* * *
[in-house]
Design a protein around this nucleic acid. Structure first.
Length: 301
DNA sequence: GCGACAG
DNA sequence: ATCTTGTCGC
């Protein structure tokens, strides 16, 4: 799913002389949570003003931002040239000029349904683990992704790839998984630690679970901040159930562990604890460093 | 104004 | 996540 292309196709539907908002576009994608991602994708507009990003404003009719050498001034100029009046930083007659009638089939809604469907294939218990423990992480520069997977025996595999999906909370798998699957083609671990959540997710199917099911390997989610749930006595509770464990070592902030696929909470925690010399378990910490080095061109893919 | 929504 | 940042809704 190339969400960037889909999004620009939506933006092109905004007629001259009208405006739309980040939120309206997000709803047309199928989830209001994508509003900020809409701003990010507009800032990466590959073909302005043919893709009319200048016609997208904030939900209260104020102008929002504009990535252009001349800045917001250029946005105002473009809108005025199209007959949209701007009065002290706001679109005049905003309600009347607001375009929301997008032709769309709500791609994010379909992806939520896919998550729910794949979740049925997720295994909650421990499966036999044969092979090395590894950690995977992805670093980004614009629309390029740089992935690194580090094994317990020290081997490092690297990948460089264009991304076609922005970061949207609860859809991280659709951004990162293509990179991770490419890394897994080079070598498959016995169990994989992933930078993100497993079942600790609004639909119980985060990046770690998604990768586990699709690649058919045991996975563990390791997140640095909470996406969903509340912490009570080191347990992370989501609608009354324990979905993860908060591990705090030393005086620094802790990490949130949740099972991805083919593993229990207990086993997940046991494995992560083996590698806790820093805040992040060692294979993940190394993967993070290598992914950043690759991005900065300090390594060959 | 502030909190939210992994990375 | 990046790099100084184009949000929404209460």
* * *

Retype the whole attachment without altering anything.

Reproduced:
[in-house]
Design a protein around this nucleic acid. Structure first.
Length: 301
DNA sequence: GCGACAG
DNA sequence: ATCTTGTCGC
């Protein structure tokens, strides 16, 4: 799913002389949570003003931002040239000029349904683990992704790839998984630690679970901040159930562990604890460093 | 104004 | 996540 292309196709539907908002576009994608991602994708507009990003404003009719050498001034100029009046930083007659009638089939809604469907294939218990423990992480520069997977025996595999999906909370798998699957083609671990959540997710199917099911390997989610749930006595509770464990070592902030696929909470925690010399378990910490080095061109893919 | 929504 | 940042809704 190339969400960037889909999004620009939506933006092109905004007629001259009208405006739309980040939120309206997000709803047309199928989830209001994508509003900020809409701003990010507009800032990466590959073909302005043919893709009319200048016609997208904030939900209260104020102008929002504009990535252009001349800045917001250029946005105002473009809108005025199209007959949209701007009065002290706001679109005049905003309600009347607001375009929301997008032709769309709500791609994010379909992806939520896919998550729910794949979740049925997720295994909650421990499966036999044969092979090395590894950690995977992805670093980004614009629309390029740089992935690194580090094994317990020290081997490092690297990948460089264009991304076609922005970061949207609860859809991280659709951004990162293509990179991770490419890394897994080079070598498959016995169990994989992933930078993100497993079942600790609004639909119980985060990046770690998604990768586990699709690649058919045991996975563990390791997140640095909470996406969903509340912490009570080191347990992370989501609608009354324990979905993860908060591990705090030393005086620094802790990490949130949740099972991805083919593993229990207990086993997940046991494995992560083996590698806790820093805040992040060692294979993940190394993967993070290598992914950043690759991005900065300090390594060959 | 502030909190939210992994990375 | 990046790099100084184009949000929404209460």